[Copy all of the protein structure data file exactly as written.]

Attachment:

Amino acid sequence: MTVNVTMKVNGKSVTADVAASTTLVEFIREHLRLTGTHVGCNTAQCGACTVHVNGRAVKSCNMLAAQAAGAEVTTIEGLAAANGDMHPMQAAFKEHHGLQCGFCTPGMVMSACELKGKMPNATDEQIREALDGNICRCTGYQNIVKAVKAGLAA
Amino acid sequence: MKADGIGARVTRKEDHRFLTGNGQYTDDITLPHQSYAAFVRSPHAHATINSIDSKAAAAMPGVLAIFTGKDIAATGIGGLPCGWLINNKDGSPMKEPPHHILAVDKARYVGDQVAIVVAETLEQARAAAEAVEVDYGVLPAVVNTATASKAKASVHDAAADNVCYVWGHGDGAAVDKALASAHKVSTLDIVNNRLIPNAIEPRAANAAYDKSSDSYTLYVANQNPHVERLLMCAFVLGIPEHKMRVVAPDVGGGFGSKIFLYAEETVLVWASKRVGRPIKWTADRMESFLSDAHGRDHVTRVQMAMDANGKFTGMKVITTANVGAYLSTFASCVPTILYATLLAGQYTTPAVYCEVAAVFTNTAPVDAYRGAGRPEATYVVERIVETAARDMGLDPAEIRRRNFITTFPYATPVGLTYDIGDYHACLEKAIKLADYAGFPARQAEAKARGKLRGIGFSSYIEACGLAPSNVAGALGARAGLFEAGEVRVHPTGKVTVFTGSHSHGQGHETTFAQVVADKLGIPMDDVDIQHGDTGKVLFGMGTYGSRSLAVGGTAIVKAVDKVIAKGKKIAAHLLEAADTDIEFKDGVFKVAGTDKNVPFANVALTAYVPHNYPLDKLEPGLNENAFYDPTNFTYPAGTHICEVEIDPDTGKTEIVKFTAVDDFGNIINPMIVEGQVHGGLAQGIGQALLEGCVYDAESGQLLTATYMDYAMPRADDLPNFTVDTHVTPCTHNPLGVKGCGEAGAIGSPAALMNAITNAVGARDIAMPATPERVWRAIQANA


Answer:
Amino acid sequence: MTVNVTMKVNGKSVTADVAASTTLVEFIREHLRLTGTHVGCNTAQCGACTVHVNGRAVKSCNMLAAQAAGAEVTTIEGLAAANGDMHPMQAAFKEHHGLQCGFCTPGMVMSACELKGKMPNATDEQIREALDGNICRCTGYQNIVKAVKAGLAA
Amino acid sequence: MKADGIGARVTRKEDHRFLTGNGQYTDDITLPHQSYAAFVRSPHAHATINSIDSKAAAAMPGVLAIFTGKDIAATGIGGLPCGWLINNKDGSPMKEPPHHILAVDKARYVGDQVAIVVAETLEQARAAAEAVEVDYGVLPAVVNTATASKAKASVHDAAADNVCYVWGHGDGAAVDKALASAHKVSTLDIVNNRLIPNAIEPRAANAAYDKSSDSYTLYVANQNPHVERLLMCAFVLGIPEHKMRVVAPDVGGGFGSKIFLYAEETVLVWASKRVGRPIKWTADRMESFLSDAHGRDHVTRVQMAMDANGKFTGMKVITTANVGAYLSTFASCVPTILYATLLAGQYTTPAVYCEVAAVFTNTAPVDAYRGAGRPEATYVVERIVETAARDMGLDPAEIRRRNFITTFPYATPVGLTYDIGDYHACLEKAIKLADYAGFPARQAEAKARGKLRGIGFSSYIEACGLAPSNVAGALGARAGLFEAGEVRVHPTGKVTVFTGSHSHGQGHETTFAQVVADKLGIPMDDVDIQHGDTGKVLFGMGTYGSRSLAVGGTAIVKAVDKVIAKGKKIAAHLLEAADTDIEFKDGVFKVAGTDKNVPFANVALTAYVPHNYPLDKLEPGLNENAFYDPTNFTYPAGTHICEVEIDPDTGKTEIVKFTAVDDFGNIINPMIVEGQVHGGLAQGIGQALLEGCVYDAESGQLLTATYMDYAMPRADDLPNFTVDTHVTPCTHNPLGVKGCGEAGAIGSPAALMNAITNAVGARDIAMPATPERVWRAIQANA